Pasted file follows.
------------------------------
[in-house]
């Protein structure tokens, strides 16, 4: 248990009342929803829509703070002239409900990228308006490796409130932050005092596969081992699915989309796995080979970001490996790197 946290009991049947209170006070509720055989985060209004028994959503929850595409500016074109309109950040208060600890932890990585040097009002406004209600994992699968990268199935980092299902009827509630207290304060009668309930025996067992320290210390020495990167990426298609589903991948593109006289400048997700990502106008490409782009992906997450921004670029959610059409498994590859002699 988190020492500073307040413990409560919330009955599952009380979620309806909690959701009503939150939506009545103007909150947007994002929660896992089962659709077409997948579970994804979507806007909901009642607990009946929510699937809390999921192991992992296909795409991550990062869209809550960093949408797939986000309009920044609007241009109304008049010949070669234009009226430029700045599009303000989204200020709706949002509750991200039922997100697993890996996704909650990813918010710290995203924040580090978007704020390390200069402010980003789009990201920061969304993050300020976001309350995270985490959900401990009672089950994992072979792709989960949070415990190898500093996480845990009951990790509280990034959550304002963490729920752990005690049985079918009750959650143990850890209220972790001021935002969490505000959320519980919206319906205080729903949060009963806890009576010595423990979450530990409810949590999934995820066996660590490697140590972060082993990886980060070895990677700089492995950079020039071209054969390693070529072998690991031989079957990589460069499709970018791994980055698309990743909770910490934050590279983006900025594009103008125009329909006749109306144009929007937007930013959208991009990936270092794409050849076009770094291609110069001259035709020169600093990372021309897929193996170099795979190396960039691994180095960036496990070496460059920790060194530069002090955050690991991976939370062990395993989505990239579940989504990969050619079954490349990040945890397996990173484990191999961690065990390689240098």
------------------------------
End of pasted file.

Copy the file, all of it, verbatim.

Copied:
[in-house]
């Protein structure tokens, strides 16, 4: 248990009342929803829509703070002239409900990228308006490796409130932050005092596969081992699915989309796995080979970001490996790197 946290009991049947209170006070509720055989985060209004028994959503929850595409500016074109309109950040208060600890932890990585040097009002406004209600994992699968990268199935980092299902009827509630207290304060009668309930025996067992320290210390020495990167990426298609589903991948593109006289400048997700990502106008490409782009992906997450921004670029959610059409498994590859002699 988190020492500073307040413990409560919330009955599952009380979620309806909690959701009503939150939506009545103007909150947007994002929660896992089962659709077409997948579970994804979507806007909901009642607990009946929510699937809390999921192991992992296909795409991550990062869209809550960093949408797939986000309009920044609007241009109304008049010949070669234009009226430029700045599009303000989204200020709706949002509750991200039922997100697993890996996704909650990813918010710290995203924040580090978007704020390390200069402010980003789009990201920061969304993050300020976001309350995270985490959900401990009672089950994992072979792709989960949070415990190898500093996480845990009951990790509280990034959550304002963490729920752990005690049985079918009750959650143990850890209220972790001021935002969490505000959320519980919206319906205080729903949060009963806890009576010595423990979450530990409810949590999934995820066996660590490697140590972060082993990886980060070895990677700089492995950079020039071209054969390693070529072998690991031989079957990589460069499709970018791994980055698309990743909770910490934050590279983006900025594009103008125009329909006749109306144009929007937007930013959208991009990936270092794409050849076009770094291609110069001259035709020169600093990372021309897929193996170099795979190396960039691994180095960036496990070496460059920790060194530069002090955050690991991976939370062990395993989505990239579940989504990969050619079954490349990040945890397996990173484990191999961690065990390689240098």